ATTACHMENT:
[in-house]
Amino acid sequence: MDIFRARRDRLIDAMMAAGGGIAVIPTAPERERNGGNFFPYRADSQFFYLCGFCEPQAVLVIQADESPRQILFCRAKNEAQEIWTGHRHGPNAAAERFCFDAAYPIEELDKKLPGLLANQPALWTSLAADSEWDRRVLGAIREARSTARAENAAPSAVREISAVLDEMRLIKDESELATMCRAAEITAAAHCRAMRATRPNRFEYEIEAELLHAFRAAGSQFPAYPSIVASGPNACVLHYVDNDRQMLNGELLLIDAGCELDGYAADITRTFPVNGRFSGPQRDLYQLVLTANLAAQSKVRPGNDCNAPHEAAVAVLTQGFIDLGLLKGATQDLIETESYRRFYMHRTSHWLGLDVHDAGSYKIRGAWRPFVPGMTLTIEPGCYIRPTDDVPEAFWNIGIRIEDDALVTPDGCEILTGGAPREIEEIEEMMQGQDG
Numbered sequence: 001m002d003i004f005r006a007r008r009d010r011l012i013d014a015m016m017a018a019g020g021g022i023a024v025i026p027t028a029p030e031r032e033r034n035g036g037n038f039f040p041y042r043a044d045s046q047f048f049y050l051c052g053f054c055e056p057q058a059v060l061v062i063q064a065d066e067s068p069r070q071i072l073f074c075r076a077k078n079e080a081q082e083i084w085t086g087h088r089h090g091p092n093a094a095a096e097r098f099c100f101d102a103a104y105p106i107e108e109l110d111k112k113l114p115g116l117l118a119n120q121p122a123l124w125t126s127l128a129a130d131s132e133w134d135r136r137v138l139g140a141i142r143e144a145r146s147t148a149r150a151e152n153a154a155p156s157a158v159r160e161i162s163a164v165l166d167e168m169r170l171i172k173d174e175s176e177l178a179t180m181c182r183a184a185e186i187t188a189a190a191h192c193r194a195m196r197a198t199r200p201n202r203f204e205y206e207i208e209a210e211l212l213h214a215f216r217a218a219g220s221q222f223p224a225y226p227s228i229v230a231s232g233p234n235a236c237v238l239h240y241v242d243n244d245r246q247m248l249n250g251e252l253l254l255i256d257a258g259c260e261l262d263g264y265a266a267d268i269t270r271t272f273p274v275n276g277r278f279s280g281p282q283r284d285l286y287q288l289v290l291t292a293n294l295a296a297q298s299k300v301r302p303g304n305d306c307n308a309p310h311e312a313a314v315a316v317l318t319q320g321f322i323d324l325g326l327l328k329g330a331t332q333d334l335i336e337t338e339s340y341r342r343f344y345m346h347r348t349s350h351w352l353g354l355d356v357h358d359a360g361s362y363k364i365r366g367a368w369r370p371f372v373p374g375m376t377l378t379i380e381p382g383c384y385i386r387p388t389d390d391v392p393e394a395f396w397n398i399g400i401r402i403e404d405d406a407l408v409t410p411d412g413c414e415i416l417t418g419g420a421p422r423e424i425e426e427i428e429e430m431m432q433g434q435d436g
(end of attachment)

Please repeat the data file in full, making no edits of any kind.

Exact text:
[in-house]
Amino acid sequence: MDIFRARRDRLIDAMMAAGGGIAVIPTAPERERNGGNFFPYRADSQFFYLCGFCEPQAVLVIQADESPRQILFCRAKNEAQEIWTGHRHGPNAAAERFCFDAAYPIEELDKKLPGLLANQPALWTSLAADSEWDRRVLGAIREARSTARAENAAPSAVREISAVLDEMRLIKDESELATMCRAAEITAAAHCRAMRATRPNRFEYEIEAELLHAFRAAGSQFPAYPSIVASGPNACVLHYVDNDRQMLNGELLLIDAGCELDGYAADITRTFPVNGRFSGPQRDLYQLVLTANLAAQSKVRPGNDCNAPHEAAVAVLTQGFIDLGLLKGATQDLIETESYRRFYMHRTSHWLGLDVHDAGSYKIRGAWRPFVPGMTLTIEPGCYIRPTDDVPEAFWNIGIRIEDDALVTPDGCEILTGGAPREIEEIEEMMQGQDG
Numbered sequence: 001m002d003i004f005r006a007r008r009d010r011l012i013d014a015m016m017a018a019g020g021g022i023a024v025i026p027t028a029p030e031r032e033r034n035g036g037n038f039f040p041y042r043a044d045s046q047f048f049y050l051c052g053f054c055e056p057q058a059v060l061v062i063q064a065d066e067s068p069r070q071i072l073f074c075r076a077k078n079e080a081q082e083i084w085t086g087h088r089h090g091p092n093a094a095a096e097r098f099c100f101d102a103a104y105p106i107e108e109l110d111k112k113l114p115g116l117l118a119n120q121p122a123l124w125t126s127l128a129a130d131s132e133w134d135r136r137v138l139g140a141i142r143e144a145r146s147t148a149r150a151e152n153a154a155p156s157a158v159r160e161i162s163a164v165l166d167e168m169r170l171i172k173d174e175s176e177l178a179t180m181c182r183a184a185e186i187t188a189a190a191h192c193r194a195m196r197a198t199r200p201n202r203f204e205y206e207i208e209a210e211l212l213h214a215f216r217a218a219g220s221q222f223p224a225y226p227s228i229v230a231s232g233p234n235a236c237v238l239h240y241v242d243n244d245r246q247m248l249n250g251e252l253l254l255i256d257a258g259c260e261l262d263g264y265a266a267d268i269t270r271t272f273p274v275n276g277r278f279s280g281p282q283r284d285l286y287q288l289v290l291t292a293n294l295a296a297q298s299k300v301r302p303g304n305d306c307n308a309p310h311e312a313a314v315a316v317l318t319q320g321f322i323d324l325g326l327l328k329g330a331t332q333d334l335i336e337t338e339s340y341r342r343f344y345m346h347r348t349s350h351w352l353g354l355d356v357h358d359a360g361s362y363k364i365r366g367a368w369r370p371f372v373p374g375m376t377l378t379i380e381p382g383c384y385i386r387p388t389d390d391v392p393e394a395f396w397n398i399g400i401r402i403e404d405d406a407l408v409t410p411d412g413c414e415i416l417t418g419g420a421p422r423e424i425e426e427i428e429e430m431m432q433g434q435d436g